The definition naive art is used to describe any form of visual art that is created by someone who doesn’t have the formal education and training that a professional artist would have. In Montmartre, there’s a museum and changing art exhibitions dedicated to self taught artists and naive art (Halle Saint Pierre). This former indoor market also houses a book store.


If you’re passionate about designing your own clothing, you’ll find any fabric/material of any color and pattern – and all the supplies needed – at one of the many fabric stores in Montmartre. Best part is, it’s not even that expensive!



Now, let’s talk about restaurants, shall we?

As mentioned earlier, there are many bad restaurants in Paris. Especially close to all the tourist attractions. My best advice is to stay as far away as possible from any restaurant with an enormous menu. So they offer seafood, steaks, ten different salads, five different pasta dishes, ten different pizzas, five kinds of burgers, multiple soups, multiple sandwiches, curry, tartar, snails, duck, ten different desserts? Turn around and leave. Nobody can be good at everything, and those guys are generally good at nothing but reheating stuff from the freezer.

Other red flags? Restaurants that are open from morning/noon until late night, without any break between lunch and dinner service are often touristic restaurants, as the french never eat dinner before 7 pm. Another thing, plastic menus with pictures of the food they offer is tacky as hell, for a Parisian restaurant. Don’t expect anything decent to come out of that (although, there could be exceptions).

Small restaurants, especially bistrots, with small menus are generally quite good – based on my own personal experience.

I recommend: Le Grand 8 , Le Lamarck and Crêperie Brocéliande

How about a cinema date – in French?

As you may know, I have previously collaborated with Lost in Frenchlation, who create subtitles for french films and arrange screenings every Friday in Montmartre for non-french speakers. If you happen to be in the area on a Friday night and want to see a subtitled french movie at an old traditional movie theater, here’s your chance!


Any other tips?

Well, pick up a fresh croissant in the morning from Le Grenier à Pain, visit the Place du Tertre – the artist’s square, wander around, take photos, enjoy your stay – and grab a glass of wine at the wine bar Caves des Abbesses.



If you’re wondering why I haven’t written anything about cabarets, such as the famous Moulin Rouge, it’s because I will soon write a completely separate guide to the cabarets, bars and sex shops in Pigalle!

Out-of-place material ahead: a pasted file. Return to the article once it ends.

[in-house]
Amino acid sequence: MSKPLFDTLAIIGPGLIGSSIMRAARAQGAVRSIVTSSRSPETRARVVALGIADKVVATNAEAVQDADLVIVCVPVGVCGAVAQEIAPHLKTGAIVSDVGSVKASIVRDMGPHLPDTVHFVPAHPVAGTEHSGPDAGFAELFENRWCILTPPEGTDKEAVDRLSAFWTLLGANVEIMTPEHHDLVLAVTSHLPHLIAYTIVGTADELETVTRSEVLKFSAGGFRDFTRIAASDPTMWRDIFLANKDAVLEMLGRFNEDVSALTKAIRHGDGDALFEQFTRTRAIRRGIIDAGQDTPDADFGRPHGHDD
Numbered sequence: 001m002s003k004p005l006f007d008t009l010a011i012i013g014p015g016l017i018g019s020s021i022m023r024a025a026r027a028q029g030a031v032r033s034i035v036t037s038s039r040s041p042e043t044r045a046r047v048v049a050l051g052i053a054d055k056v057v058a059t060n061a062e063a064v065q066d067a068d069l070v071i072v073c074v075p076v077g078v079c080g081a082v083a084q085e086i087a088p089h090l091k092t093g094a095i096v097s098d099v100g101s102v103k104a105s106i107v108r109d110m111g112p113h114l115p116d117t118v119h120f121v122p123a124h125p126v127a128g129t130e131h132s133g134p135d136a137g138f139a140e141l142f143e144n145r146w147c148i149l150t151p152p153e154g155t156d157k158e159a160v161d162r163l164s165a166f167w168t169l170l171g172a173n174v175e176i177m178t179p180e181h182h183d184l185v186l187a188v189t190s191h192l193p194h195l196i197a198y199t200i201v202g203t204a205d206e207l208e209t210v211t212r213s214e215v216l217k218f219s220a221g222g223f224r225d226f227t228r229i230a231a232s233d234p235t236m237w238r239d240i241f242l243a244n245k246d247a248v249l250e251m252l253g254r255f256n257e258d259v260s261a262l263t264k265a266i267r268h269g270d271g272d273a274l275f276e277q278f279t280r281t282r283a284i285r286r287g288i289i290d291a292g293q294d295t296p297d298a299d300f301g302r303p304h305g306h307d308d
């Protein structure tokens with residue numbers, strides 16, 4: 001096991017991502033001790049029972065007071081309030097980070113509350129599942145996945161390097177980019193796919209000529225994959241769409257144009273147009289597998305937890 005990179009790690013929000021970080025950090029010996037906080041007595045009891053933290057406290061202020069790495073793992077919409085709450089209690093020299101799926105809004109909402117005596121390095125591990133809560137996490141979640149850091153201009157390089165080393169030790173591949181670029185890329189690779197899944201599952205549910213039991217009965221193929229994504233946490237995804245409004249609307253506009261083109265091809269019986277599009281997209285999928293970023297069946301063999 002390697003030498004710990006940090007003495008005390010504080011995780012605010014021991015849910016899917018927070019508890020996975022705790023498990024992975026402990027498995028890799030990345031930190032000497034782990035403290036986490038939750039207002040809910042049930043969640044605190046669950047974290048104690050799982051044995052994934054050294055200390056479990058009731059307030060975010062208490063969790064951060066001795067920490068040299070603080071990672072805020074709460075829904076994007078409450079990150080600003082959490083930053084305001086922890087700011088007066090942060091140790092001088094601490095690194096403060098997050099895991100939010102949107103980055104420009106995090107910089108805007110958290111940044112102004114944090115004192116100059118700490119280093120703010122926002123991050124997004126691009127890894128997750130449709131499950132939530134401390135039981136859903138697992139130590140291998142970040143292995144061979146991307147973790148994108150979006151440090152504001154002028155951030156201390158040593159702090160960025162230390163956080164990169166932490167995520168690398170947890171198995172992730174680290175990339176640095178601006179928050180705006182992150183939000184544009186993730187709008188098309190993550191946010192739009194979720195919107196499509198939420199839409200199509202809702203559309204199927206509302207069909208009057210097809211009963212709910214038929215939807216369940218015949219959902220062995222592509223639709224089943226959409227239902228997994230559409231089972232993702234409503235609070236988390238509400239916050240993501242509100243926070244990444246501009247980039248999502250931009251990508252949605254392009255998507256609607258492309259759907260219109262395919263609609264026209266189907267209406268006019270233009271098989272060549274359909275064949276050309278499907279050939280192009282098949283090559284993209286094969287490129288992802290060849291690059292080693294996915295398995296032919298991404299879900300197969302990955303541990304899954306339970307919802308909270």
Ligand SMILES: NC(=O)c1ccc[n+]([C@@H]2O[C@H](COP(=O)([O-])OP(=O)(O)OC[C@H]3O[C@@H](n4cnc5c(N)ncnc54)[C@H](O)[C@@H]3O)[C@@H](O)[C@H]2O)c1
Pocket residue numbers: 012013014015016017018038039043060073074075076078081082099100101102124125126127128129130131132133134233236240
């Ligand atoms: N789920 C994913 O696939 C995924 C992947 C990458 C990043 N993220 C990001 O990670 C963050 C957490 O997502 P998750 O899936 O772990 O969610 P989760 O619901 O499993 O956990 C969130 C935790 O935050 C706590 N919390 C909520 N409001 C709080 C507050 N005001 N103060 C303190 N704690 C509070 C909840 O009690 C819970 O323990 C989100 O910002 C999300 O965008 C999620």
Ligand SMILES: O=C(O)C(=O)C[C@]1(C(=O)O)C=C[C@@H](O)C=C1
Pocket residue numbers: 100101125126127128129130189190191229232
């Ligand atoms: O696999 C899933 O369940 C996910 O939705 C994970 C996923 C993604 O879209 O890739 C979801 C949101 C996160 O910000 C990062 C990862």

Like French cinema? WIN 2 tickets (with Lost in Frenchlation)

Will you be in Paris on the 19th of May and don’t have anything planned for the evening? Are you planning to do something very typical Parisian while you’re in the City of Lights, and maybe stroll along the streets of Montmartre and enjoy the view of the city from the Sacre Coeur? While you’re already in the area, how would you feel about visiting a typical Parisian cinema, see a French film (with English subtitles) and maybe grab a drink with locals, expats and tourists who love movies – and Paris – just as much as you do?

If you’re nodding your head or saying “YES” out loud,  then I’ve got news for you!

You can win 2 tickets to see the movie Pris de court (Not on my watch) (drama/thriller) at the charming Parisian cinema Studio 28 on the 19th of May!


About the movie

Nathalie is a jeweler who has just moved to Paris for a new job and a new life with her two sons. But the jewelry store manager suddenly changes his mind and tells her the job is no longer hers. Nathalie wants to protect her children and decides to say nothing. This first lie will spark others and soon Nathalie is entangled in a dangerous spiral.

The competition is in collaboration with Lost in Frenchlation  – and you are welcome to join them (along with other moviegoers) for drinks before or after the screening. I might even be there myself!

All you need to do is..

Read my interview with Lost in Frenchlation and answer the following questions:

  1. What is the name of the video released by the City of Paris?
  2. Which French expression is mentioned as an example of something you just can’t translate into English?


Enjoy French Cinema like a Parisian (with Lost in Frenchlation)

Two years ago, when I first moved to Paris, I remember telling my partner and his parents that my main goal with learning French was to be able to watch French movies without subtitles. A goal I have sort of achieved. Sort of.

Still, there are certain movies I know I won’t be able to completely understand because of the excessive use of wordplay and jokes that only the really Frenchified foreigners will get. A good example of that is the movie le dîner de cons. That movie is a 90’s classic and I know I can take my time and wait until I feel like I’ve reached a level of excellence in terms of language learning. Let’s give it a year.

What bothered me a lot when I first moved here, was how much I wanted to see certain French movies in the cinema, but couldn’t because they had no subtitles. I had the option of going to the cinema and understand absolutely nothing, or waiting patiently until the DVD-release of the movie and illegally download it from whatever sketchy website, and add subtitles found on other virus infected sites – and risk ending up with not just a computer virus, but also very poor subtitles.